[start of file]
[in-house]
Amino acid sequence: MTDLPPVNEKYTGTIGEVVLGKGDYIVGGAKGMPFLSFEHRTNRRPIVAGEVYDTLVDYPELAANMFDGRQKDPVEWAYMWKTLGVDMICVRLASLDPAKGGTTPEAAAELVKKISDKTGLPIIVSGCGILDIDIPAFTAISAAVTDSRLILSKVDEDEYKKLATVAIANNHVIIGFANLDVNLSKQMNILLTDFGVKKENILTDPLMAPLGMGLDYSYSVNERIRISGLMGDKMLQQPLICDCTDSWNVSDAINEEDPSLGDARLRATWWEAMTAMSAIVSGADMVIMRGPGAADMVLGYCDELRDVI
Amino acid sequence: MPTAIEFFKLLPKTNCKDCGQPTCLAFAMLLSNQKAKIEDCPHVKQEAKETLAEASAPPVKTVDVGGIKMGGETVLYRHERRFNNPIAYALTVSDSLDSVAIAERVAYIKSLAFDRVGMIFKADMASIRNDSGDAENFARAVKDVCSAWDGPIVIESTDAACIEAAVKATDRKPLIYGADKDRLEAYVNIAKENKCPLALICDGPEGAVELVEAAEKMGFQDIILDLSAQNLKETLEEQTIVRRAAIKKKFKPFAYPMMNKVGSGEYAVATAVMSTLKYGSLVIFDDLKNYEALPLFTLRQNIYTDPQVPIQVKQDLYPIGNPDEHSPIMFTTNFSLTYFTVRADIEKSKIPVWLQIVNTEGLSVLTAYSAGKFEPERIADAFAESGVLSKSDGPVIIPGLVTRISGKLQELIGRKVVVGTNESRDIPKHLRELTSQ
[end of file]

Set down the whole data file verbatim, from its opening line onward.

[in-house]
Amino acid sequence: MTDLPPVNEKYTGTIGEVVLGKGDYIVGGAKGMPFLSFEHRTNRRPIVAGEVYDTLVDYPELAANMFDGRQKDPVEWAYMWKTLGVDMICVRLASLDPAKGGTTPEAAAELVKKISDKTGLPIIVSGCGILDIDIPAFTAISAAVTDSRLILSKVDEDEYKKLATVAIANNHVIIGFANLDVNLSKQMNILLTDFGVKKENILTDPLMAPLGMGLDYSYSVNERIRISGLMGDKMLQQPLICDCTDSWNVSDAINEEDPSLGDARLRATWWEAMTAMSAIVSGADMVIMRGPGAADMVLGYCDELRDVI
Amino acid sequence: MPTAIEFFKLLPKTNCKDCGQPTCLAFAMLLSNQKAKIEDCPHVKQEAKETLAEASAPPVKTVDVGGIKMGGETVLYRHERRFNNPIAYALTVSDSLDSVAIAERVAYIKSLAFDRVGMIFKADMASIRNDSGDAENFARAVKDVCSAWDGPIVIESTDAACIEAAVKATDRKPLIYGADKDRLEAYVNIAKENKCPLALICDGPEGAVELVEAAEKMGFQDIILDLSAQNLKETLEEQTIVRRAAIKKKFKPFAYPMMNKVGSGEYAVATAVMSTLKYGSLVIFDDLKNYEALPLFTLRQNIYTDPQVPIQVKQDLYPIGNPDEHSPIMFTTNFSLTYFTVRADIEKSKIPVWLQIVNTEGLSVLTAYSAGKFEPERIADAFAESGVLSKSDGPVIIPGLVTRISGKLQELIGRKVVVGTNESRDIPKHLRELTSQ